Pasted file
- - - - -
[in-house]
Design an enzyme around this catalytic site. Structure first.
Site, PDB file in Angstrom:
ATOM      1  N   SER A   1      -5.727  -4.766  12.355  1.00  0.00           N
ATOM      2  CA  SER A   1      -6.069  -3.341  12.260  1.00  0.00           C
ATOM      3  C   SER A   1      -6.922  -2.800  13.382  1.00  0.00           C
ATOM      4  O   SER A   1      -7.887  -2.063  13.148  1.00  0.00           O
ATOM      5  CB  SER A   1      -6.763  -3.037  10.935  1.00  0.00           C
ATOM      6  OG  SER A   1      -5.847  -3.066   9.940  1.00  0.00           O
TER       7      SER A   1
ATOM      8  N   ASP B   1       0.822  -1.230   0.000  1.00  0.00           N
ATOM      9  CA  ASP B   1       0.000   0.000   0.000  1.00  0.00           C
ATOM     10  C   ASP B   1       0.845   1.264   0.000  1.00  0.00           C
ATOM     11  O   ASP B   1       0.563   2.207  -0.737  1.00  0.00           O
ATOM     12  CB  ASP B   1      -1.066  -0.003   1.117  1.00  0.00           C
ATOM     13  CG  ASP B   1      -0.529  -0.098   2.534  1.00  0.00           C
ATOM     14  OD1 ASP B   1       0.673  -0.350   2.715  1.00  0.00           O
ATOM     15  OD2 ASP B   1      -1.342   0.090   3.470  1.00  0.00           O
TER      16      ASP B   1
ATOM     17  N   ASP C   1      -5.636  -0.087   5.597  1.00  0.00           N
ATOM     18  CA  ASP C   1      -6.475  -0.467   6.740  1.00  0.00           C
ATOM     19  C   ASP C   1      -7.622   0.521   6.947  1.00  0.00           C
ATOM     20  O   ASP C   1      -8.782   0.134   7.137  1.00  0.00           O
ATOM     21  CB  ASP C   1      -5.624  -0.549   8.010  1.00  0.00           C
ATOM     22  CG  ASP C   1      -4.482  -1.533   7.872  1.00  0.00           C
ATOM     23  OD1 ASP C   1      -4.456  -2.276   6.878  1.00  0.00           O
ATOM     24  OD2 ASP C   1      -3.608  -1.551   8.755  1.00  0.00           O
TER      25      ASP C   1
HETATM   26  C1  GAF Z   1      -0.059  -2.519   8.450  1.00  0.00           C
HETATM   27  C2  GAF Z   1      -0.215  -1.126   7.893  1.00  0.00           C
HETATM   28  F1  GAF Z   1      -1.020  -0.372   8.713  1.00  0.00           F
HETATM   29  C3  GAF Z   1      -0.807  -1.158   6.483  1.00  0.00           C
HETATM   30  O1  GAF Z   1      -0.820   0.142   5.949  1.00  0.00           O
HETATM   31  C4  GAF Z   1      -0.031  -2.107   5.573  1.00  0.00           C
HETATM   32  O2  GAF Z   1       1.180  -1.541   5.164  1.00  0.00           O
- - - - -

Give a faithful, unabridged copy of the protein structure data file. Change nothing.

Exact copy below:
[in-house]
Design an enzyme around this catalytic site. Structure first.
Site, PDB file in Angstrom:
ATOM      1  N   SER A   1      -5.727  -4.766  12.355  1.00  0.00           N
ATOM      2  CA  SER A   1      -6.069  -3.341  12.260  1.00  0.00           C
ATOM      3  C   SER A   1      -6.922  -2.800  13.382  1.00  0.00           C
ATOM      4  O   SER A   1      -7.887  -2.063  13.148  1.00  0.00           O
ATOM      5  CB  SER A   1      -6.763  -3.037  10.935  1.00  0.00           C
ATOM      6  OG  SER A   1      -5.847  -3.066   9.940  1.00  0.00           O
TER       7      SER A   1
ATOM      8  N   ASP B   1       0.822  -1.230   0.000  1.00  0.00           N
ATOM      9  CA  ASP B   1       0.000   0.000   0.000  1.00  0.00           C
ATOM     10  C   ASP B   1       0.845   1.264   0.000  1.00  0.00           C
ATOM     11  O   ASP B   1       0.563   2.207  -0.737  1.00  0.00           O
ATOM     12  CB  ASP B   1      -1.066  -0.003   1.117  1.00  0.00           C
ATOM     13  CG  ASP B   1      -0.529  -0.098   2.534  1.00  0.00           C
ATOM     14  OD1 ASP B   1       0.673  -0.350   2.715  1.00  0.00           O
ATOM     15  OD2 ASP B   1      -1.342   0.090   3.470  1.00  0.00           O
TER      16      ASP B   1
ATOM     17  N   ASP C   1      -5.636  -0.087   5.597  1.00  0.00           N
ATOM     18  CA  ASP C   1      -6.475  -0.467   6.740  1.00  0.00           C
ATOM     19  C   ASP C   1      -7.622   0.521   6.947  1.00  0.00           C
ATOM     20  O   ASP C   1      -8.782   0.134   7.137  1.00  0.00           O
ATOM     21  CB  ASP C   1      -5.624  -0.549   8.010  1.00  0.00           C
ATOM     22  CG  ASP C   1      -4.482  -1.533   7.872  1.00  0.00           C
ATOM     23  OD1 ASP C   1      -4.456  -2.276   6.878  1.00  0.00           O
ATOM     24  OD2 ASP C   1      -3.608  -1.551   8.755  1.00  0.00           O
TER      25      ASP C   1
HETATM   26  C1  GAF Z   1      -0.059  -2.519   8.450  1.00  0.00           C
HETATM   27  C2  GAF Z   1      -0.215  -1.126   7.893  1.00  0.00           C
HETATM   28  F1  GAF Z   1      -1.020  -0.372   8.713  1.00  0.00           F
HETATM   29  C3  GAF Z   1      -0.807  -1.158   6.483  1.00  0.00           C
HETATM   30  O1  GAF Z   1      -0.820   0.142   5.949  1.00  0.00           O
HETATM   31  C4  GAF Z   1      -0.031  -2.107   5.573  1.00  0.00           C
HETATM   32  O2  GAF Z   1       1.180  -1.541   5.164  1.00  0.00           O